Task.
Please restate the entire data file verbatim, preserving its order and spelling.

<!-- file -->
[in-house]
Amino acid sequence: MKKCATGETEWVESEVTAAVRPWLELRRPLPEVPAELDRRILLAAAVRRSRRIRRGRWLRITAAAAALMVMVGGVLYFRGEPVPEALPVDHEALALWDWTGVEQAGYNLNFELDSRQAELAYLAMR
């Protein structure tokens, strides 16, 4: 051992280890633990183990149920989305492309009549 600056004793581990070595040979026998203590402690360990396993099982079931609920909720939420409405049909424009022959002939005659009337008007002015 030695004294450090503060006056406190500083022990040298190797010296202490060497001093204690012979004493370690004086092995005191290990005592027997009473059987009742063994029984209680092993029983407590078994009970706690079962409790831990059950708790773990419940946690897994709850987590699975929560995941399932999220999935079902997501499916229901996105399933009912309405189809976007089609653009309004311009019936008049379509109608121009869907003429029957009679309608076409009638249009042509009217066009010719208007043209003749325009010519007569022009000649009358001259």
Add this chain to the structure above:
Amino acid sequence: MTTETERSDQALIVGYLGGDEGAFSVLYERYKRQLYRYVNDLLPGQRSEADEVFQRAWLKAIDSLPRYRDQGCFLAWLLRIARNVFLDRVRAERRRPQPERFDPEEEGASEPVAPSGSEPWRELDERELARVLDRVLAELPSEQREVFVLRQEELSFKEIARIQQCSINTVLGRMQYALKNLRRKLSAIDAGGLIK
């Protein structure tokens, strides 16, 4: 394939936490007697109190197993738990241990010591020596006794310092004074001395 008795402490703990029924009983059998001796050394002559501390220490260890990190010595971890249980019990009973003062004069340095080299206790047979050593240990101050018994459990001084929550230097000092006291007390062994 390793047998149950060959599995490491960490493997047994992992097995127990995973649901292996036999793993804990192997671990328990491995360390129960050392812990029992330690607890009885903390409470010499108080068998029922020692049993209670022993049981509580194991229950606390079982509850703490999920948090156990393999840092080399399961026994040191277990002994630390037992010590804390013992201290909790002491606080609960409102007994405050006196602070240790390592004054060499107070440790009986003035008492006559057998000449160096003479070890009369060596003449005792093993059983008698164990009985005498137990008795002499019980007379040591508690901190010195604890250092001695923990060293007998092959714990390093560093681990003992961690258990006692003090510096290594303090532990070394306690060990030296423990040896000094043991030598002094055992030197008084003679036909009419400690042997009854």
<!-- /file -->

[in-house]
Amino acid sequence: MKKCATGETEWVESEVTAAVRPWLELRRPLPEVPAELDRRILLAAAVRRSRRIRRGRWLRITAAAAALMVMVGGVLYFRGEPVPEALPVDHEALALWDWTGVEQAGYNLNFELDSRQAELAYLAMR
């Protein structure tokens, strides 16, 4: 051992280890633990183990149920989305492309009549 600056004793581990070595040979026998203590402690360990396993099982079931609920909720939420409405049909424009022959002939005659009337008007002015 030695004294450090503060006056406190500083022990040298190797010296202490060497001093204690012979004493370690004086092995005191290990005592027997009473059987009742063994029984209680092993029983407590078994009970706690079962409790831990059950708790773990419940946690897994709850987590699975929560995941399932999220999935079902997501499916229901996105399933009912309405189809976007089609653009309004311009019936008049379509109608121009869907003429029957009679309608076409009638249009042509009217066009010719208007043209003749325009010519007569022009000649009358001259």
Add this chain to the structure above:
Amino acid sequence: MTTETERSDQALIVGYLGGDEGAFSVLYERYKRQLYRYVNDLLPGQRSEADEVFQRAWLKAIDSLPRYRDQGCFLAWLLRIARNVFLDRVRAERRRPQPERFDPEEEGASEPVAPSGSEPWRELDERELARVLDRVLAELPSEQREVFVLRQEELSFKEIARIQQCSINTVLGRMQYALKNLRRKLSAIDAGGLIK
């Protein structure tokens, strides 16, 4: 394939936490007697109190197993738990241990010591020596006794310092004074001395 008795402490703990029924009983059998001796050394002559501390220490260890990190010595971890249980019990009973003062004069340095080299206790047979050593240990101050018994459990001084929550230097000092006291007390062994 390793047998149950060959599995490491960490493997047994992992097995127990995973649901292996036999793993804990192997671990328990491995360390129960050392812990029992330690607890009885903390409470010499108080068998029922020692049993209670022993049981509580194991229950606390079982509850703490999920948090156990393999840092080399399961026994040191277990002994630390037992010590804390013992201290909790002491606080609960409102007994405050006196602070240790390592004054060499107070440790009986003035008492006559057998000449160096003479070890009369060596003449005792093993059983008698164990009985005498137990008795002499019980007379040591508690901190010195604890250092001695923990060293007998092959714990390093560093681990003992961690258990006692003090510096290594303090532990070394306690060990030296423990040896000094043991030598002094055992030197008084003679036909009419400690042997009854």